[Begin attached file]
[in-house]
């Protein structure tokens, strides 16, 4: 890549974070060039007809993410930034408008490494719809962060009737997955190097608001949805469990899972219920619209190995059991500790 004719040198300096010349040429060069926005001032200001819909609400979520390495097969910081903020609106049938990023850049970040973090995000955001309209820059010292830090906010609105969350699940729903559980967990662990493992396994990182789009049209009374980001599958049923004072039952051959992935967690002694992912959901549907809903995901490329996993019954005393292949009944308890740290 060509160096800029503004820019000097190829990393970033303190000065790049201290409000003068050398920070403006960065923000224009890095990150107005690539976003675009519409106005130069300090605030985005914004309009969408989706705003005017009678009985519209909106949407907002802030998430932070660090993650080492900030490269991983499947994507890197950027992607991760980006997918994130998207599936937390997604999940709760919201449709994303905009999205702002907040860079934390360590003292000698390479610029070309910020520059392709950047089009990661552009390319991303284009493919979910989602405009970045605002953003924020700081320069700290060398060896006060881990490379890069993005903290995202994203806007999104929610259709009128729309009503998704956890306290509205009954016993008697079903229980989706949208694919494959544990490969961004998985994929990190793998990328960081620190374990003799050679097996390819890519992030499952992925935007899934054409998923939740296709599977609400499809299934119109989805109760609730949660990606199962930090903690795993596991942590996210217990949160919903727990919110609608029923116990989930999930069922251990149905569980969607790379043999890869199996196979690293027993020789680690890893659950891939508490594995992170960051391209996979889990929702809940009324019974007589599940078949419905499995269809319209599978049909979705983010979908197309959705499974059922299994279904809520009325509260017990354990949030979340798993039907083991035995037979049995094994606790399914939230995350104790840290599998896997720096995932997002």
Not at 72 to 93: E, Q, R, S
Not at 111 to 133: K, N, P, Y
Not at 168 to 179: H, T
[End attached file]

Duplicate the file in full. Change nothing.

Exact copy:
[in-house]
């Protein structure tokens, strides 16, 4: 890549974070060039007809993410930034408008490494719809962060009737997955190097608001949805469990899972219920619209190995059991500790 004719040198300096010349040429060069926005001032200001819909609400979520390495097969910081903020609106049938990023850049970040973090995000955001309209820059010292830090906010609105969350699940729903559980967990662990493992396994990182789009049209009374980001599958049923004072039952051959992935967690002694992912959901549907809903995901490329996993019954005393292949009944308890740290 060509160096800029503004820019000097190829990393970033303190000065790049201290409000003068050398920070403006960065923000224009890095990150107005690539976003675009519409106005130069300090605030985005914004309009969408989706705003005017009678009985519209909106949407907002802030998430932070660090993650080492900030490269991983499947994507890197950027992607991760980006997918994130998207599936937390997604999940709760919201449709994303905009999205702002907040860079934390360590003292000698390479610029070309910020520059392709950047089009990661552009390319991303284009493919979910989602405009970045605002953003924020700081320069700290060398060896006060881990490379890069993005903290995202994203806007999104929610259709009128729309009503998704956890306290509205009954016993008697079903229980989706949208694919494959544990490969961004998985994929990190793998990328960081620190374990003799050679097996390819890519992030499952992925935007899934054409998923939740296709599977609400499809299934119109989805109760609730949660990606199962930090903690795993596991942590996210217990949160919903727990919110609608029923116990989930999930069922251990149905569980969607790379043999890869199996196979690293027993020789680690890893659950891939508490594995992170960051391209996979889990929702809940009324019974007589599940078949419905499995269809319209599978049909979705983010979908197309959705499974059922299994279904809520009325509260017990354990949030979340798993039907083991035995037979049995094994606790399914939230995350104790840290599998896997720096995932997002």
Not at 72 to 93: E, Q, R, S
Not at 111 to 133: K, N, P, Y
Not at 168 to 179: H, T